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Job for Everyone: A Review


The Gutenberg Bible displayed by the United St...

The Gutenberg Bible displayed by the United States Library of Congress, demonstrating printed pages as a storage medium. (Photo credit: Wikipedia)

This review, by Dr. Nicholson, has been provided courtesy of Desert Bible Institute (www.desertbibleinstitute.com).

I have looked at a couple of the books written by Goldingay in the For Everyone commentary series and this is easily one of the best ones. While the author does a good job making all of the books of the Bible understandable to the average person, this is one of the most insightful and least formulaic that he has written.

In Job for Everyone, John Goldingay regularly uses both personal experiences and familiar anecdotes to help his readers understand and see the significance of the topics that he explores. This installment is no different. What does seem different is that he doesn’t rely nearly so heavily on these experiences as he has in the past. Often these anecdotes made me think more of a Sunday morning sermon that a commentary. While Goldingay still maintains an easy, narrative voice, he delves far deeper into traditional analysis than he has prior to this book. This balance that he strikes makes this book engaging to readers of various levels.

My one qualm with reading commentaries for a review, verses a novel or non-fiction book, is that they are usually formulaic and repetitive in nature. It makes me harken back to seminary when we were required to read highly technical commentaries that were well over 1,000 pages long. Yikes, I still get shivers. The early versions of this commentary series had a bit of predictability to them, although nothing on par with the tediousness most commentaries. In this version however, I found myself sitting back and truly enjoying the feedback on each section. I felt more like I was attending a lecture with a relatable teacher rather than reading an encyclopedia cover-to-cover.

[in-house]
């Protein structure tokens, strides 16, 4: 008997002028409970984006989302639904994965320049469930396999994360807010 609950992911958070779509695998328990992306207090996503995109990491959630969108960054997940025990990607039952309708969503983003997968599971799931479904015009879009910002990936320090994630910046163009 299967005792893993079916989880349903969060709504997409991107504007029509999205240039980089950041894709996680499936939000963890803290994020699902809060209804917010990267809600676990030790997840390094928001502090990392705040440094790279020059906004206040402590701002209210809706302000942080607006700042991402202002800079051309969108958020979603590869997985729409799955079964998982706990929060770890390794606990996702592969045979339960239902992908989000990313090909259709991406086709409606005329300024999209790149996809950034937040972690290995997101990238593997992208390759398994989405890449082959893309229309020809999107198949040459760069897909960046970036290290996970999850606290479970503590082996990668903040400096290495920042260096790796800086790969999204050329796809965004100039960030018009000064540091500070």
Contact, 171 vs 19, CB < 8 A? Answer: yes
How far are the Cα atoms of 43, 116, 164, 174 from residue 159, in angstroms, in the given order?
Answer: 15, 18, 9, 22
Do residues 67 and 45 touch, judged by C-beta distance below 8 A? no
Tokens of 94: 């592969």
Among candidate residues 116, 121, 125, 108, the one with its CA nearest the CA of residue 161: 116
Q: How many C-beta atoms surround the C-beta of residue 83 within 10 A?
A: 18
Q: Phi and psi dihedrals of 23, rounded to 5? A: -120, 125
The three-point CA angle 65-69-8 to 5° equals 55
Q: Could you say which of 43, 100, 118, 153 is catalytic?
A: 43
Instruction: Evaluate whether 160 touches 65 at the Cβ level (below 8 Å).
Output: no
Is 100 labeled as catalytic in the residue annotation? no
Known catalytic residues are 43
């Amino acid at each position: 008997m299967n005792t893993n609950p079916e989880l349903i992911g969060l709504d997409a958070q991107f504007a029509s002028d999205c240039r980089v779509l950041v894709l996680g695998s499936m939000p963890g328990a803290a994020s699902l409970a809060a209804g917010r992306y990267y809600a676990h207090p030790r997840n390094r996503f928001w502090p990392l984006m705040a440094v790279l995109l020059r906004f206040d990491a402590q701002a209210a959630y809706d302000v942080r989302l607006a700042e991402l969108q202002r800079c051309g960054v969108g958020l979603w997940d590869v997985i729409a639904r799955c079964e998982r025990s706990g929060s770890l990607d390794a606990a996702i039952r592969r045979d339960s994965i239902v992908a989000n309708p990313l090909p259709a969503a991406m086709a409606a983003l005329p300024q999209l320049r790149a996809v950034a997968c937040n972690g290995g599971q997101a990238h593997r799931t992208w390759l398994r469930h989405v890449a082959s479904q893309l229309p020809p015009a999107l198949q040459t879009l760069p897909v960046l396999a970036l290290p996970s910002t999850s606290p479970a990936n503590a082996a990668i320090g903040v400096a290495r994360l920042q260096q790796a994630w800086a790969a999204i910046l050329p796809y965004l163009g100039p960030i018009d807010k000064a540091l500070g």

When I recommend this commentary series, as a whole, it is for its understandability, relatability, and approachability. With this volume however, it is for all those things and a depth and quality of writing that made this both an enjoyable read and an applicable source for study.

Trent Nicholson, Ph.D., D.Min.

Desert Bible Institute, President

Dr. Nicholson reviews academic, Christian living, and fiction books for a variety of publishers in an array of formats. He is never paid for any of his reviews. He writes these strictly as a courtesy to his students at Desert Bible Institute and for any other readers that might find his insights valuable. For more reviews or information, visit  Dr. Nicholson’s blog at drtnicholson.wordpress.com.

The book for this review was provided free of charge by Westminster John Knox Press through NetGalley.com. This book was provided without the expectation or requirement of a positive response. Thank you to both the publisher and NetGalley.com for the opportunity to both read your advanced copy and to  provide this unpaid evaluation. All opinions in this review reflect the views of the author and not DBI, NetGalley.com, or the publisher.

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